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I am writing a game via SFML. In difference places I want to use loaded fonts. So I decided to write the fonts loader, so that load fonts only one time and use them in the future from class. My code:

enum class FontsID
{
    PIXEBOY,
    DIGITAL7
};

class FontObject
{
public:
    FontObject::FontObject(const std::string &texturePath)
    {
        font->loadFromFile(texturePath);
    }
    std::shared_ptr<sf::Font> font = std::make_shared<sf::Font>();
};

class FontsLoader
{
public:
    static FontsLoader &getInstance()
    {
        static FontsLoader instance;
        return instance;
    }
    const std::shared_ptr<sf::Font> getFont(FontsID fontID) const
    {
        return allFonts[static_cast<int>(fontID)].font;
    }

private:
    FontsLoader()
    {
        allFonts.push_back(FontObject("data/fonts/pixeboy.ttf"));
        allFonts.push_back(FontObject("data/fonts/digital-7.ttf"));
    }
    std::vector<FontObject> allFonts;
};
static FontsLoader &fontsLoader = FontsLoader::getInstance();

I don't think using an enum is good solution, for example, enum count may be more or less than allFonts vector items count, adding in the constuctor in proper sequence also not good , but fontsObject.getFont(FontsID::PIXEBOY); is convenient for me, I will never confuse fonts name. Is there a better way?

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FontObject

  • Since all your data members and methods are public, consider making it a struct instead of a class. Makes no difference to a compiler, but makes your intention clearer.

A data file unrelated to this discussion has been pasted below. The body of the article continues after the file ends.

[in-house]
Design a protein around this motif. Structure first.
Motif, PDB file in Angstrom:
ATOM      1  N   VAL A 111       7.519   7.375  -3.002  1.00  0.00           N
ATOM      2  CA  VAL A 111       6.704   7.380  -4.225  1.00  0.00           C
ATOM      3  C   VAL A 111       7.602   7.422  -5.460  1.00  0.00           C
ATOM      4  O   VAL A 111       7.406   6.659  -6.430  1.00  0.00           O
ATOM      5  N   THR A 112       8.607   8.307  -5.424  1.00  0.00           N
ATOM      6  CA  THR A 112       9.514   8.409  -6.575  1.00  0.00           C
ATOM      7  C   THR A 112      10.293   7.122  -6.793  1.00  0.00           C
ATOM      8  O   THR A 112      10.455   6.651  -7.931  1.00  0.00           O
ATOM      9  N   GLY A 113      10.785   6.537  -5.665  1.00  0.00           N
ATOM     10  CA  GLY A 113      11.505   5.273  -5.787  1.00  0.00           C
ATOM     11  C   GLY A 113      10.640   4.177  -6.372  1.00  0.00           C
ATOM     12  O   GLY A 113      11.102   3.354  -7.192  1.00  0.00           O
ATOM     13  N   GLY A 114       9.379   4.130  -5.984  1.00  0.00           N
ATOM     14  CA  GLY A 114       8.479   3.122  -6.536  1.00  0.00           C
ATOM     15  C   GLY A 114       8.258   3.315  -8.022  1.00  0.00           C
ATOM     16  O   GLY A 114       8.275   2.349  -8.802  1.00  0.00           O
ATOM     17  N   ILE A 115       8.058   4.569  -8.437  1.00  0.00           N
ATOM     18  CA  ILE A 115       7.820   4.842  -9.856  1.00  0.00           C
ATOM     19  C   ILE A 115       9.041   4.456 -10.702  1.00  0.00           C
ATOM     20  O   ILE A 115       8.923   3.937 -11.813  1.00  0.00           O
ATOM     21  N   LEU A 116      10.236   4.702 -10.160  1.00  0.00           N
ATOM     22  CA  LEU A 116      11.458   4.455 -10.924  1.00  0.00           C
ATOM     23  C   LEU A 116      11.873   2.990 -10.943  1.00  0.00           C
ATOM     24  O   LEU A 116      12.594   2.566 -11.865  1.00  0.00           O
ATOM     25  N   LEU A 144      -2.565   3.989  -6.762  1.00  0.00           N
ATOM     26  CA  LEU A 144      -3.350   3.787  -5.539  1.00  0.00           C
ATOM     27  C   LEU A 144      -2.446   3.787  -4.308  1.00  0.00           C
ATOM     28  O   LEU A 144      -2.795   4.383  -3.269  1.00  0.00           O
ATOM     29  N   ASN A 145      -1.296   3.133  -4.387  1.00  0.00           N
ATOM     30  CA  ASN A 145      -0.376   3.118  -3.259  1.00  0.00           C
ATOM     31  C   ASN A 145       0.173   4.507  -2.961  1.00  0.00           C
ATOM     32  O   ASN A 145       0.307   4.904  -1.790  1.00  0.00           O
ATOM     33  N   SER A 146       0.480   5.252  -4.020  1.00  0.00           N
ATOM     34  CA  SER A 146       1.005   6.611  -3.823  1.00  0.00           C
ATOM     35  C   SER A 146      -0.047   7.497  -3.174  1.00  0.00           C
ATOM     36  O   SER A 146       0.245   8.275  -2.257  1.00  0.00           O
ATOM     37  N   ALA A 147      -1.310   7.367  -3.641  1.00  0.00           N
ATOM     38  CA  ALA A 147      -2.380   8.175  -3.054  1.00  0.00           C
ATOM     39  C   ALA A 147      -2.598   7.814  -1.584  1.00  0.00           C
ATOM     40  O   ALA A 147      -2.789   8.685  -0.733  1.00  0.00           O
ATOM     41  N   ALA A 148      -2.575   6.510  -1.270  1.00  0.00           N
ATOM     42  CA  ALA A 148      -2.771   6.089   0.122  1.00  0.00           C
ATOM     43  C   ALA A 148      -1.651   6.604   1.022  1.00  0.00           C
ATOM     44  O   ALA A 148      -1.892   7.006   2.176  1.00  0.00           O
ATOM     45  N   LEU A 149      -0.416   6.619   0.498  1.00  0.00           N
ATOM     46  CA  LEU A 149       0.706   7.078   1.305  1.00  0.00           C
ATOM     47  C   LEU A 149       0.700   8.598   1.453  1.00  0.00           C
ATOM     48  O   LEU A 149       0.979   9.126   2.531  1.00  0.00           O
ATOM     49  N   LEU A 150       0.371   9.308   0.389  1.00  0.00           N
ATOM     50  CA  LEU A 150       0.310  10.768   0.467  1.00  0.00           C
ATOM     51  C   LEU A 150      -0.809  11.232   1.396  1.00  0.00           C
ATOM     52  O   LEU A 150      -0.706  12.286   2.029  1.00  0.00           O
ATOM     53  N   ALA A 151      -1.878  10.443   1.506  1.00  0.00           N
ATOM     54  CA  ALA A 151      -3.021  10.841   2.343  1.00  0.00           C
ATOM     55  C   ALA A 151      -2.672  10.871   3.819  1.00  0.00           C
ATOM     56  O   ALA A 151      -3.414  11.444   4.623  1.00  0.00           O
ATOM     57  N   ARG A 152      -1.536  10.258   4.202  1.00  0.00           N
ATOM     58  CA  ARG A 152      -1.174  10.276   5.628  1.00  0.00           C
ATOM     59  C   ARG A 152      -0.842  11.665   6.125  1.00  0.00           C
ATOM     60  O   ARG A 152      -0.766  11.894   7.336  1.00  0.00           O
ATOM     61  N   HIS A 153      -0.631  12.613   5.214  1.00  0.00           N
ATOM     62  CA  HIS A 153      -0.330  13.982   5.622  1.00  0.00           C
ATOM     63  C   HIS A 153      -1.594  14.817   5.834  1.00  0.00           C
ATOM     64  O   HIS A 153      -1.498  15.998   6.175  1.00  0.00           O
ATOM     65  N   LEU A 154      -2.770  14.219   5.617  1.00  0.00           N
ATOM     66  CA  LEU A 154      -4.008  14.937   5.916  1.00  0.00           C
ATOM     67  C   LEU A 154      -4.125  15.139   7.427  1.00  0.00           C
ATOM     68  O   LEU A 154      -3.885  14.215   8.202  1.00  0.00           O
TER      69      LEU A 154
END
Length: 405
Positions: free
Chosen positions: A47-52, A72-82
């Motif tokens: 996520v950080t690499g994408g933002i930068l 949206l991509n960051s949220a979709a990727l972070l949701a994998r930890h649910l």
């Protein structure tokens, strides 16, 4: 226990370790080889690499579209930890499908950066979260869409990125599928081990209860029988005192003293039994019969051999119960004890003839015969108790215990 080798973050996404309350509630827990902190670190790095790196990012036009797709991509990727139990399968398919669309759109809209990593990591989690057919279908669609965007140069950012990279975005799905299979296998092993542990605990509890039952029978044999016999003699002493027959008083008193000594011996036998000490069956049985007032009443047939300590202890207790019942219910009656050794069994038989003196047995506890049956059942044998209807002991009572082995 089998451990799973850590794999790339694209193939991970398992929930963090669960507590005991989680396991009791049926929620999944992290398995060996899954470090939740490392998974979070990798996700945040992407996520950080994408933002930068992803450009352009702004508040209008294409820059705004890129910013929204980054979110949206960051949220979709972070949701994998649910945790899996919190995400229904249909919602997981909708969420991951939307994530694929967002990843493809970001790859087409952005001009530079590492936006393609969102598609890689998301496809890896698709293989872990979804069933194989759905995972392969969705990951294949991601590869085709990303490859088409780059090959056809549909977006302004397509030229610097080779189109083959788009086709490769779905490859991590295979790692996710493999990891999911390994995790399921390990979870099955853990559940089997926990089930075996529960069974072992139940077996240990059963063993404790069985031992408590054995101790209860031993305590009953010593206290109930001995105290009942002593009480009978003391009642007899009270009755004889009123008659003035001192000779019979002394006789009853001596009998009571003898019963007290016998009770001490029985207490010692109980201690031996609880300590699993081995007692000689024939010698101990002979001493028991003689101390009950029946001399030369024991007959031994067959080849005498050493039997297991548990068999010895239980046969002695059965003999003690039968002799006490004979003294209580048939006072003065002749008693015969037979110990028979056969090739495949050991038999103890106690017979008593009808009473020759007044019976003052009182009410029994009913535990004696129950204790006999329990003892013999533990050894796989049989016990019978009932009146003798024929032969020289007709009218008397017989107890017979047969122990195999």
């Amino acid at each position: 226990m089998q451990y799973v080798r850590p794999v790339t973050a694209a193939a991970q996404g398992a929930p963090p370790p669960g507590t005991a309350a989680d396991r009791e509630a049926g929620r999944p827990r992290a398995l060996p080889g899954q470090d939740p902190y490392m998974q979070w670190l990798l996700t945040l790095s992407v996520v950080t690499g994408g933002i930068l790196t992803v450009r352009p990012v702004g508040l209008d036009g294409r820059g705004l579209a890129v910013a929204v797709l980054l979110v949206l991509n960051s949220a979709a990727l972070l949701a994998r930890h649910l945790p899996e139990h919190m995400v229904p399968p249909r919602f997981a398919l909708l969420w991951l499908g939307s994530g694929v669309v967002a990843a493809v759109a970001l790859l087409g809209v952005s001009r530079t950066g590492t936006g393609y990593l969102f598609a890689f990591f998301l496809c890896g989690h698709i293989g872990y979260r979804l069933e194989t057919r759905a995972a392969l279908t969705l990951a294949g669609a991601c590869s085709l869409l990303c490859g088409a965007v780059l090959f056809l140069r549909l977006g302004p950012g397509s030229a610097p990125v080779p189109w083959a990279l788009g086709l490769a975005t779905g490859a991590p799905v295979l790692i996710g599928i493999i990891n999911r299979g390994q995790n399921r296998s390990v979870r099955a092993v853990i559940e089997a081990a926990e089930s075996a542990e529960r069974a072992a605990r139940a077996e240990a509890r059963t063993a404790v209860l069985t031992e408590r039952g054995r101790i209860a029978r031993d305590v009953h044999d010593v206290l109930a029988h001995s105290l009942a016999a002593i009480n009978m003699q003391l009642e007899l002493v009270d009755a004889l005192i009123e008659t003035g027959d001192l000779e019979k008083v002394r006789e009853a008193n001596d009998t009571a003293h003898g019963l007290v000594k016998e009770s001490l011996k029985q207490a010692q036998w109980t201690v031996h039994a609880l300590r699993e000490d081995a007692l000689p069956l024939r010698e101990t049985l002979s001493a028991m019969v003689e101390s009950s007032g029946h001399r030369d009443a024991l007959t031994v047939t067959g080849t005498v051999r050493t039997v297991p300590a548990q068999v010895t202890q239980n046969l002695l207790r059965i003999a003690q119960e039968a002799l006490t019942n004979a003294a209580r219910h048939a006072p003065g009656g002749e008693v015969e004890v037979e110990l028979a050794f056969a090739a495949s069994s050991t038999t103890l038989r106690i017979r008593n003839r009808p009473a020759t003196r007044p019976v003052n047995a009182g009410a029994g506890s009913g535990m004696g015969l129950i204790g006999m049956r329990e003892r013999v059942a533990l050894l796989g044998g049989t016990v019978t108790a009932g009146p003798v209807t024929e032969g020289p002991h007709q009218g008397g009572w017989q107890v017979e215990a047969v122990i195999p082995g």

• Consider using a unique_ptr instead of shared_ptr, since only one instance of GameObject owns the object.

FontsLoader

  • I'm sure they are many people who will explain why you shouldn't use the Singleton pattern. Ultimately, it comes down to whether you (and people you're coding with) are okay with. I've seen various large projects (~100K-1M lines) use the Singleton pattern, so I'm not going to tell you whether you should or shouldn't use it.

  • Use something like an std::unordered_map<FontsID, FontsObject>. That way, you won't have to cast it into an integer and access a vector.

  • On a side note, for vector access, use size_t.

  • Consider passing the sf::Font object as a raw pointer or a const reference. Remember, non-owning raw pointers is FINE, even recommended. Whatever calls the getFont method is not concerned with ownership of the object, just the object itself. Don't pass smart pointers around unless you want the calling code to have ownership of the object.

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